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ARTiculations in Print—David Sloan T’ah Aniiłtso Yéé’bii’ Neiikai (Endangered Species)
January 25, 2014–July 31, 2014
David Sloan’s installation of monoprints include silkscreened images of endangered species with their Diné names over lithograph reproductions of old 1970’s Navajo Times newspaper ads. Sloan’s conscious intentions compare and contrast eco-philosophies of American consumer culture with traditional Diné world perspective.
The disparity of the animal images on top of the propaganda style-like advertisements promoting consumerism to the Diné people back in the 1960’s and 70’s is meant to question the value of assimilation of Indigenous people and their knowledge into mainstream capitalism. By representing the Diné bizaad (language), Sloan makes a connection between the endangerment that Indigenous languages and the natural world face simultaneously.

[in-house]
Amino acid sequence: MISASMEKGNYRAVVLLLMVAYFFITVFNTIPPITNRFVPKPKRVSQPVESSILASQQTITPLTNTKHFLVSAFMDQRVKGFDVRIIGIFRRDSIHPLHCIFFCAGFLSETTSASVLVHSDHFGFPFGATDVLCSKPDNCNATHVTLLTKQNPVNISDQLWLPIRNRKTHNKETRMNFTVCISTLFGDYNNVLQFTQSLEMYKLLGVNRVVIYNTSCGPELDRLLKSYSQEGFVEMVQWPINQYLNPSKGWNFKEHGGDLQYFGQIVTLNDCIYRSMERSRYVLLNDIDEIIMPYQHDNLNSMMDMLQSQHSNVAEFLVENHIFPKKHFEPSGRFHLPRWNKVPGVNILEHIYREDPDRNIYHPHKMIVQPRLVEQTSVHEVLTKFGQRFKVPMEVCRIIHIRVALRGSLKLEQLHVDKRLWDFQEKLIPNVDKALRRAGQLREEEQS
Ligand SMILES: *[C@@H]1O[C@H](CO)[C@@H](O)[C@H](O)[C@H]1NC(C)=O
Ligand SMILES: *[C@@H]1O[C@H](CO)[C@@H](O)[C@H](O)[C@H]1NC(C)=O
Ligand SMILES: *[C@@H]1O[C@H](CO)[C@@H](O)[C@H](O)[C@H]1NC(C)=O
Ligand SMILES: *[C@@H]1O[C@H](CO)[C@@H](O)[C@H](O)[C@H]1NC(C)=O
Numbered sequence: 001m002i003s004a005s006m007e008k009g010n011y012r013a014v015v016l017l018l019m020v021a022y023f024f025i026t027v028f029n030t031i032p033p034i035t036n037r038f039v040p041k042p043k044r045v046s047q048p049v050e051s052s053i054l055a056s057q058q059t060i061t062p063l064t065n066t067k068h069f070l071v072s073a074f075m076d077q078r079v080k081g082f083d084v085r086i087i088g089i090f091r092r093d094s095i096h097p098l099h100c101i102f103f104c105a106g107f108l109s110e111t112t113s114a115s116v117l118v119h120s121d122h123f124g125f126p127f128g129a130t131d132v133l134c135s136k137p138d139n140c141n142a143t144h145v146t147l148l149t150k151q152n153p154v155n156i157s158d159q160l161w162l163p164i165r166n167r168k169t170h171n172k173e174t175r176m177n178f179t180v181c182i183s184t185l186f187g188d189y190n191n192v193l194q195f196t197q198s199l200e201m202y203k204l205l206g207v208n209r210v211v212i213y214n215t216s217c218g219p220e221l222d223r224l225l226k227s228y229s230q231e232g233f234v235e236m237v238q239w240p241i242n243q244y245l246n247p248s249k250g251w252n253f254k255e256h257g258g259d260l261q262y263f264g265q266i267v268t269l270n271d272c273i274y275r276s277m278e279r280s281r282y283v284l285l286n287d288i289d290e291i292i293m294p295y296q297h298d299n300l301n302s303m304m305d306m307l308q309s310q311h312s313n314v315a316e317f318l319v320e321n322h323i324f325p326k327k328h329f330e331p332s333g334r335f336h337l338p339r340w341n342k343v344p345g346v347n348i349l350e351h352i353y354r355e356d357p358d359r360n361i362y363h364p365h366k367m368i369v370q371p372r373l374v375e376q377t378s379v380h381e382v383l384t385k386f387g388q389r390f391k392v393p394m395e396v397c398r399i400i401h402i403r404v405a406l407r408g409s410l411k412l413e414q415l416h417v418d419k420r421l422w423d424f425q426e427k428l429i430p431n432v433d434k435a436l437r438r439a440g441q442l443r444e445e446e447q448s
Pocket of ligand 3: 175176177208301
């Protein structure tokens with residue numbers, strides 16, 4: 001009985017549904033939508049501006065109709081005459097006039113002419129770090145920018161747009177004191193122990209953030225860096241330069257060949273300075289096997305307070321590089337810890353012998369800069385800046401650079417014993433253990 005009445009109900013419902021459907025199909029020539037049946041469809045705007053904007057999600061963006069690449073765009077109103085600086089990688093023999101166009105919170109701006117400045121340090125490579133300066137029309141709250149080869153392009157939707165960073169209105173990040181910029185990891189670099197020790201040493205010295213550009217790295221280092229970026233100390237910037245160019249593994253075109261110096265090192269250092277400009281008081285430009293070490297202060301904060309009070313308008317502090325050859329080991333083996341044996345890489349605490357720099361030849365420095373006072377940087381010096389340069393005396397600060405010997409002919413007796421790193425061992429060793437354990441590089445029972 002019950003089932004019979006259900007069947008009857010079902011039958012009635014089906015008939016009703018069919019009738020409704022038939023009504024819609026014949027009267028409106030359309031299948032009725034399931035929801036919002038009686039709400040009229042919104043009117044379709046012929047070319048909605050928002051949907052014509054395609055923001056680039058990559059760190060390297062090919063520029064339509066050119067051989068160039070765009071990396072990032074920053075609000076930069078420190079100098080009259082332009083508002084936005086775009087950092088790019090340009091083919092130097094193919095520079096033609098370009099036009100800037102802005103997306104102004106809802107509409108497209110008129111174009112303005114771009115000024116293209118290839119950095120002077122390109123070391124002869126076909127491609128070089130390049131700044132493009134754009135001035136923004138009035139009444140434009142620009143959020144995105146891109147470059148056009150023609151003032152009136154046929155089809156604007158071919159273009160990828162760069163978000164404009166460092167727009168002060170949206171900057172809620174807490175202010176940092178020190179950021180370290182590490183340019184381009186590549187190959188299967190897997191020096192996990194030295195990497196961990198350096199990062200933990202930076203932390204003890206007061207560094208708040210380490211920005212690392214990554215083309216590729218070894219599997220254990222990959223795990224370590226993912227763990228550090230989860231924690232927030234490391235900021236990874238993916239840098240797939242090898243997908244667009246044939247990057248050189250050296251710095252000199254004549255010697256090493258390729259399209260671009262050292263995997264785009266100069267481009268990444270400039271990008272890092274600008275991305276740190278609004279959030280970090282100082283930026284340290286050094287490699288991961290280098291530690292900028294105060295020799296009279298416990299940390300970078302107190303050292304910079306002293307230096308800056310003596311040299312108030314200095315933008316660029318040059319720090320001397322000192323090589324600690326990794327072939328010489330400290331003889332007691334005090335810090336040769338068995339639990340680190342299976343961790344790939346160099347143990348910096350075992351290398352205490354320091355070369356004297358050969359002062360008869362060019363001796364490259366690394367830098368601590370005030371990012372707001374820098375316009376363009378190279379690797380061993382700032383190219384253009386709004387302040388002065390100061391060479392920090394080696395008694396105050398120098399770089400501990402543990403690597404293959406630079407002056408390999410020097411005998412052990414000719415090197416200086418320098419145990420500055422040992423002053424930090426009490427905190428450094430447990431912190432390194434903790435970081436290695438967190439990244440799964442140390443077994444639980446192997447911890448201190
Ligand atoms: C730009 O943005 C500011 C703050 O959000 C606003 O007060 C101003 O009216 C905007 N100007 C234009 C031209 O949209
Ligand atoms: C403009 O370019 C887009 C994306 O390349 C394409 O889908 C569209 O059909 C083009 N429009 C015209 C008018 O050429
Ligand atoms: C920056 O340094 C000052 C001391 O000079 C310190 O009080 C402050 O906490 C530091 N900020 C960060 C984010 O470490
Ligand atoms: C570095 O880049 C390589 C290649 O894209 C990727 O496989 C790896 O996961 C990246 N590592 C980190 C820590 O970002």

About the Artist
David Sloan, who works in the mediums of printmaking, jewelry, and painting, was born and raised in Santa Fe. He is Diné and Tohono O’odham from his mother’s side and of Irish and English decent on his father’s side. In his artwork, Sloan draws attention upon on his Diné culture and language, and the effects of the ever-changing environment. He received a Bachelor of Arts in 2-Dimensional Studio Arts with a minor in Environmental Science from the University of Arizona in 2003.